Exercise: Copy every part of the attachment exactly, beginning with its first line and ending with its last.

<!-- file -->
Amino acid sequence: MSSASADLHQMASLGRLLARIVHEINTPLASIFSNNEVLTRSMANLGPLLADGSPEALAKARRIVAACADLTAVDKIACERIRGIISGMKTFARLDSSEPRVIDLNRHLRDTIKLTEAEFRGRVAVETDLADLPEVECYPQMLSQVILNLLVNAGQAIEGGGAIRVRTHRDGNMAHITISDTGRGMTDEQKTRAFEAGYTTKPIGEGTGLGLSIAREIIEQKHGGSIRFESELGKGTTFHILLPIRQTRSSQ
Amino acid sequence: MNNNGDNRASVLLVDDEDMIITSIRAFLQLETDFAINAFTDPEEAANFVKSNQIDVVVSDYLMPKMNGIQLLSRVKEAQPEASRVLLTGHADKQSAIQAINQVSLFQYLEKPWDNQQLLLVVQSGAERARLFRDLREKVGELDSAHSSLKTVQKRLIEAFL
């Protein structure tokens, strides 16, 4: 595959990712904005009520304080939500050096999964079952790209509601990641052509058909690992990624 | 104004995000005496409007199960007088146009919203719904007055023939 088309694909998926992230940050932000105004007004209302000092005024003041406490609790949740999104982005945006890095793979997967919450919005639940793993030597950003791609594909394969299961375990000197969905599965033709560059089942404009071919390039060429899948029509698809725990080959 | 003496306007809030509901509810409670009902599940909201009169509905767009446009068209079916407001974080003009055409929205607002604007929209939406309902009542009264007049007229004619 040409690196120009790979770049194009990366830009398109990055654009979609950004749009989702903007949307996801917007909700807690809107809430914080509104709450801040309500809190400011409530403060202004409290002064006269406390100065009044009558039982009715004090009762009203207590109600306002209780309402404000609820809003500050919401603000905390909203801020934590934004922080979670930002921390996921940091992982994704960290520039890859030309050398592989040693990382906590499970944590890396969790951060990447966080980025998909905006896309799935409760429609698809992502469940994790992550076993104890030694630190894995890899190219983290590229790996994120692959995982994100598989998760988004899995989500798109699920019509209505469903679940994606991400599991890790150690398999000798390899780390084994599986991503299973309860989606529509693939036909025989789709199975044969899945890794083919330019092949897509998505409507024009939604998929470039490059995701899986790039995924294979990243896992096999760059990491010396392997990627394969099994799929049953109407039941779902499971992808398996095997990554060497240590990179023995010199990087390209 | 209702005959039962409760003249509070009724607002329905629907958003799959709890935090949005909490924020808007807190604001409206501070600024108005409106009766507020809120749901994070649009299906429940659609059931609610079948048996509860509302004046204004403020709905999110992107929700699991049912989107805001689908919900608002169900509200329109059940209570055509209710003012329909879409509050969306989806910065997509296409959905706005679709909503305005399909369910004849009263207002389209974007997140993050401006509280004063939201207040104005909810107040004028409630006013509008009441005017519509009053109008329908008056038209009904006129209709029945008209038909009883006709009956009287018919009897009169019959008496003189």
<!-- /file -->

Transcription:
Amino acid sequence: MSSASADLHQMASLGRLLARIVHEINTPLASIFSNNEVLTRSMANLGPLLADGSPEALAKARRIVAACADLTAVDKIACERIRGIISGMKTFARLDSSEPRVIDLNRHLRDTIKLTEAEFRGRVAVETDLADLPEVECYPQMLSQVILNLLVNAGQAIEGGGAIRVRTHRDGNMAHITISDTGRGMTDEQKTRAFEAGYTTKPIGEGTGLGLSIAREIIEQKHGGSIRFESELGKGTTFHILLPIRQTRSSQ
Amino acid sequence: MNNNGDNRASVLLVDDEDMIITSIRAFLQLETDFAINAFTDPEEAANFVKSNQIDVVVSDYLMPKMNGIQLLSRVKEAQPEASRVLLTGHADKQSAIQAINQVSLFQYLEKPWDNQQLLLVVQSGAERARLFRDLREKVGELDSAHSSLKTVQKRLIEAFL
């Protein structure tokens, strides 16, 4: 595959990712904005009520304080939500050096999964079952790209509601990641052509058909690992990624 | 104004995000005496409007199960007088146009919203719904007055023939 088309694909998926992230940050932000105004007004209302000092005024003041406490609790949740999104982005945006890095793979997967919450919005639940793993030597950003791609594909394969299961375990000197969905599965033709560059089942404009071919390039060429899948029509698809725990080959 | 003496306007809030509901509810409670009902599940909201009169509905767009446009068209079916407001974080003009055409929205607002604007929209939406309902009542009264007049007229004619 040409690196120009790979770049194009990366830009398109990055654009979609950004749009989702903007949307996801917007909700807690809107809430914080509104709450801040309500809190400011409530403060202004409290002064006269406390100065009044009558039982009715004090009762009203207590109600306002209780309402404000609820809003500050919401603000905390909203801020934590934004922080979670930002921390996921940091992982994704960290520039890859030309050398592989040693990382906590499970944590890396969790951060990447966080980025998909905006896309799935409760429609698809992502469940994790992550076993104890030694630190894995890899190219983290590229790996994120692959995982994100598989998760988004899995989500798109699920019509209505469903679940994606991400599991890790150690398999000798390899780390084994599986991503299973309860989606529509693939036909025989789709199975044969899945890794083919330019092949897509998505409507024009939604998929470039490059995701899986790039995924294979990243896992096999760059990491010396392997990627394969099994799929049953109407039941779902499971992808398996095997990554060497240590990179023995010199990087390209 | 209702005959039962409760003249509070009724607002329905629907958003799959709890935090949005909490924020808007807190604001409206501070600024108005409106009766507020809120749901994070649009299906429940659609059931609610079948048996509860509302004046204004403020709905999110992107929700699991049912989107805001689908919900608002169900509200329109059940209570055509209710003012329909879409509050969306989806910065997509296409959905706005679709909503305005399909369910004849009263207002389209974007997140993050401006509280004063939201207040104005909810107040004028409630006013509008009441005017519509009053109008329908008056038209009904006129209709029945008209038909009883006709009956009287018919009897009169019959008496003189």